A few months later I found someone’s old discarded wine rack, and that grew my love affair with wine into the mild obsession it is today.
Anyway, back to Apothic. Serve it with red meat to bring out the sweet juiciness; with chocolate to complement the velvetyness; or possibly even with fish, just to be contrary, especially if you’ve cooked it in a buttery sauce.
Buy it from: your local supermarket. Wait until it’s on offer and you’ll be able to pick it up for less than a tenner.
Zinfandel: Ravenswood Old Vine 2014
I think this is probably a lot of people’s go-to red wine, because it just tastes like red wine. I know that probably sounds ridiculous, so I’ll try to explain.
If you managed to get inside the heads of everyone who’s ever had a glass of red wine, from people who just think wine comes in four types (red, white, rosé, fizzy) to people who spend their lives comparing tasting notes and vintages, and you asked them the question “What does red wine taste like?”, and then you took all their responses and somehow used these to create a flavour profile from which you made a bottle of wine, I think this is what it would taste like. Which I suppose means I think it’s very generic, but oddly enough it’s generic in a good way.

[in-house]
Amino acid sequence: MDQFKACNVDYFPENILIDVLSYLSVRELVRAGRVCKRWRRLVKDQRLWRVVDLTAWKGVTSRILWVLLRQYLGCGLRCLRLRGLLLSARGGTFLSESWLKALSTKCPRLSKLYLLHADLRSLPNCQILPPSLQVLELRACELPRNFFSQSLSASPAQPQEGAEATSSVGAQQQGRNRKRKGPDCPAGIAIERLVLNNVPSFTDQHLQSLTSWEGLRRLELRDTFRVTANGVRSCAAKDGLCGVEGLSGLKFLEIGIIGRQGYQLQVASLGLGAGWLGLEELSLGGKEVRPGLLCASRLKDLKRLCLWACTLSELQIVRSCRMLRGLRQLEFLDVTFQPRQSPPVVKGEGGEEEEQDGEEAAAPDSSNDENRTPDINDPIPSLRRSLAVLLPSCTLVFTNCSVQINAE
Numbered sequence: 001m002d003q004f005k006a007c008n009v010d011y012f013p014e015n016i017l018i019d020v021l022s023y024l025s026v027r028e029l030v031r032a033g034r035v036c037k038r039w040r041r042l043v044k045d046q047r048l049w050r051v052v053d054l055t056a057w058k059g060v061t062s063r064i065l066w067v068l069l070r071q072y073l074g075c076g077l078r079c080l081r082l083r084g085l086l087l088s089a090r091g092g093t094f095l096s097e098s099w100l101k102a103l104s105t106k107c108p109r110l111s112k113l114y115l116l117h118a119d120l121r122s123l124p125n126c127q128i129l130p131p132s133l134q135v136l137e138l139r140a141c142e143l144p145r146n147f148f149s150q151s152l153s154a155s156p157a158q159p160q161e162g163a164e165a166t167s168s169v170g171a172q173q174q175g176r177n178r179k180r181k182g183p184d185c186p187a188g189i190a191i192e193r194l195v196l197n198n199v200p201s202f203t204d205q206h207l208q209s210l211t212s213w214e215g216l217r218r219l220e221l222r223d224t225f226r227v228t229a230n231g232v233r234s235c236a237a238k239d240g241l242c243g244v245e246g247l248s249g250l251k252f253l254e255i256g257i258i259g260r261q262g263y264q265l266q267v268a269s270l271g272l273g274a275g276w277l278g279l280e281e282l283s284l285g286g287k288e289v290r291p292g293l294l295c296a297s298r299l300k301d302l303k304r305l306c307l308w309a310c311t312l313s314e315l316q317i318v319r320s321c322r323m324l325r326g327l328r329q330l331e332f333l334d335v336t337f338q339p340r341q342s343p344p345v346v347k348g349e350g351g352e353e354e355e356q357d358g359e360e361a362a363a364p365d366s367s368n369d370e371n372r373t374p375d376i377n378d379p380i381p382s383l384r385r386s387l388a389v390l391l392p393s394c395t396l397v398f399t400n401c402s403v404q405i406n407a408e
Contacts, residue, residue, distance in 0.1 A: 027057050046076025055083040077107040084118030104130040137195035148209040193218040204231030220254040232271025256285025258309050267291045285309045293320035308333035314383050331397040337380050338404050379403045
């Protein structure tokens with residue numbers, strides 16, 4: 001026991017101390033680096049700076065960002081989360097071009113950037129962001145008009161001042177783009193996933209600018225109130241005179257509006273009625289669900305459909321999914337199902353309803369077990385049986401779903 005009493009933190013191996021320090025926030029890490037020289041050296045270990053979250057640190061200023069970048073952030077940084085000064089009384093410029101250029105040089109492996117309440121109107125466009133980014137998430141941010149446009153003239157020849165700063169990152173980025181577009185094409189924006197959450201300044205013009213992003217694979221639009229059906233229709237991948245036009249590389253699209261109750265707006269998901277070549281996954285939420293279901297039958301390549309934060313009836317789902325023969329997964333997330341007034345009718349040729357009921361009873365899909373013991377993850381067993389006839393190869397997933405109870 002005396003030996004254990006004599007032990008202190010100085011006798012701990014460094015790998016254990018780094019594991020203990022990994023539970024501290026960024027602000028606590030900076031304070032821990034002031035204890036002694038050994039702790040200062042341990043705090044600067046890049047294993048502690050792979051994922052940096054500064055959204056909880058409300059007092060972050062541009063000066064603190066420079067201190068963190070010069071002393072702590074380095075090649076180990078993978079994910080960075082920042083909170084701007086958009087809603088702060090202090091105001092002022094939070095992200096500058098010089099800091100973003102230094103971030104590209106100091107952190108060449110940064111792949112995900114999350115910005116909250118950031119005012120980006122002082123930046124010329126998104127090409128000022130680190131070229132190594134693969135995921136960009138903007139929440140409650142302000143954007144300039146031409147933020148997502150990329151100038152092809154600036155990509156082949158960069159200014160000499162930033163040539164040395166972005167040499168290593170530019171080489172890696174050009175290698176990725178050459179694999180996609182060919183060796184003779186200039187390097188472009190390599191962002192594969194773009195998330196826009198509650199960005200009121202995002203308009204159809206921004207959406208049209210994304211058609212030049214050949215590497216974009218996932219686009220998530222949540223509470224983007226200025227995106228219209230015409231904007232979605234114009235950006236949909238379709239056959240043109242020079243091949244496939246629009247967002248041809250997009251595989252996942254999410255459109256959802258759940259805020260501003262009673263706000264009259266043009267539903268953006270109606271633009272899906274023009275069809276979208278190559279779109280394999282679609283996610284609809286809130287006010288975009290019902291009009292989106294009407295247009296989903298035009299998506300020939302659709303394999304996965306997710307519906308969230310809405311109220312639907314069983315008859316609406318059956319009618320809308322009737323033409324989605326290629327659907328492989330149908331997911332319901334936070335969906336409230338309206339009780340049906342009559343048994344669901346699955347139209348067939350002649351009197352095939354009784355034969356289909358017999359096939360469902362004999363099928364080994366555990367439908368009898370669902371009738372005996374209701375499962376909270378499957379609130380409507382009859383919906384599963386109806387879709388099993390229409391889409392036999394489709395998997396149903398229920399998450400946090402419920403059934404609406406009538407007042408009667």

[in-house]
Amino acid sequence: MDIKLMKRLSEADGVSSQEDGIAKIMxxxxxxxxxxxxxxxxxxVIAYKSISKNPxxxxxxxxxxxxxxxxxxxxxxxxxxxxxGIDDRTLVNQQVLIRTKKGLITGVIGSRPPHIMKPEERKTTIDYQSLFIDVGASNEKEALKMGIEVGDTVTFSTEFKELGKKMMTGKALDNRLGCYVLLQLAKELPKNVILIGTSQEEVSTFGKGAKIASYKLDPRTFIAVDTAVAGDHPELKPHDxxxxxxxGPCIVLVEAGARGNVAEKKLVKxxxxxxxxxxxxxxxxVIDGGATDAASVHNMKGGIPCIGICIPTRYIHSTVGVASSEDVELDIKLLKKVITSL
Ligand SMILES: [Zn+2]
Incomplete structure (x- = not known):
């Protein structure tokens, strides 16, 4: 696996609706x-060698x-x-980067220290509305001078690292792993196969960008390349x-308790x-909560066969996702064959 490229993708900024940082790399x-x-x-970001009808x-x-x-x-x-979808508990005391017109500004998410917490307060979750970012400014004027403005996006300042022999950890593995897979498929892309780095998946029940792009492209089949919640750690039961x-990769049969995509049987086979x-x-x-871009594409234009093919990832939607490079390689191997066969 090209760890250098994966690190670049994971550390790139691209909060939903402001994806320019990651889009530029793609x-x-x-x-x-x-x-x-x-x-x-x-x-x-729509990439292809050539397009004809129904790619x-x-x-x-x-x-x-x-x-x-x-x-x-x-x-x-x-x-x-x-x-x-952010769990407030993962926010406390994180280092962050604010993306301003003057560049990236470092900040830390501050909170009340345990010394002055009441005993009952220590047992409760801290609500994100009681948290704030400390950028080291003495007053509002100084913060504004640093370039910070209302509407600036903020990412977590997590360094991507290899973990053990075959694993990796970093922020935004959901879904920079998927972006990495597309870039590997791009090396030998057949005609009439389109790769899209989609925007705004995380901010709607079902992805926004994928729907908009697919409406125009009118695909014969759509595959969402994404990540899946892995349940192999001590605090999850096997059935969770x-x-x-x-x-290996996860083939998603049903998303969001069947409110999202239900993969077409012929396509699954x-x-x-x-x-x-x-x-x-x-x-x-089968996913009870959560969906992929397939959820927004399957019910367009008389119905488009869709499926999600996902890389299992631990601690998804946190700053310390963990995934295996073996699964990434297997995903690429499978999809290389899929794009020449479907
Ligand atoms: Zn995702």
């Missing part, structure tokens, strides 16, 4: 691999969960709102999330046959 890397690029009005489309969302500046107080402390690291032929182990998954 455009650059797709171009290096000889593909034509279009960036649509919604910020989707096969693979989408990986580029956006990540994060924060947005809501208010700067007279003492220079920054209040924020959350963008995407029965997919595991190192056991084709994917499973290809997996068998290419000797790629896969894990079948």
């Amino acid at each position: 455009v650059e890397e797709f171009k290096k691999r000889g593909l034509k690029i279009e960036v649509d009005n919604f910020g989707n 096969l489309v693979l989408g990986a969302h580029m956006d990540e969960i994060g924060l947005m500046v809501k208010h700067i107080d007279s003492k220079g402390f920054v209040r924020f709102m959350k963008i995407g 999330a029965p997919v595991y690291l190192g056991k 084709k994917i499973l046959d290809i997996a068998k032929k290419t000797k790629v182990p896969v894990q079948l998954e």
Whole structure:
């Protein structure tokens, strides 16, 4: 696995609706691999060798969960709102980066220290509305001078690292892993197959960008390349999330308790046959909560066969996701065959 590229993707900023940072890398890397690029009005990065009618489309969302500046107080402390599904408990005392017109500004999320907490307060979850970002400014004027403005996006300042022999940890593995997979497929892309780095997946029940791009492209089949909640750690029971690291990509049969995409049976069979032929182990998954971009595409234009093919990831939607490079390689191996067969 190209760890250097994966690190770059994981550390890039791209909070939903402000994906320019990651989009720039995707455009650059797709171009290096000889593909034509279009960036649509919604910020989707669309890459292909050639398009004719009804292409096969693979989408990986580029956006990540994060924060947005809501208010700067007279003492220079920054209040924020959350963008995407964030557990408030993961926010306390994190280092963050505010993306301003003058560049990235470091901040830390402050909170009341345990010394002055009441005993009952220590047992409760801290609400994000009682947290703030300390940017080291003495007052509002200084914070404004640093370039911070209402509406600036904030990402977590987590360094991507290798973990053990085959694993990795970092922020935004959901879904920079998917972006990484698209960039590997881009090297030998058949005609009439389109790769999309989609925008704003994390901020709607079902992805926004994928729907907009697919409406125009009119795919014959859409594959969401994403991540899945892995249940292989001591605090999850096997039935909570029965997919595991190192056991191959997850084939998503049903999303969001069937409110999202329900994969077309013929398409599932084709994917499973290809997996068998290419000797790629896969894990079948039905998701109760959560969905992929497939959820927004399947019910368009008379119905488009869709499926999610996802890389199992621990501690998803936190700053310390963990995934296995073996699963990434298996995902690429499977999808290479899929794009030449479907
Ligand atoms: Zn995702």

Definitely a bit peppery, with some red and black berry flavours, a little bit fruity and a hint of chocolate, a teeny bit of vanilla, a very slight undertone of oak: in short, all the things you’d expect from a red wine, brought together in a simple, unassuming bottle that you can probably pick up for about fifteen quid.
Naturally it’ll go well with red meats because it’s a red and that’s pretty much a sacred combination, but you could also pair it with flavourful fish and poultry dishes without too much aggro. You could also put together a cheeseboard that was heavy on the smoky-peppery side of things and it’d do a nice job of pairing with those too.
Buy it from: most supermarkets.
What are your favourite red wines for under £20? Did I miss out any of your favourites? Let me know in the comments!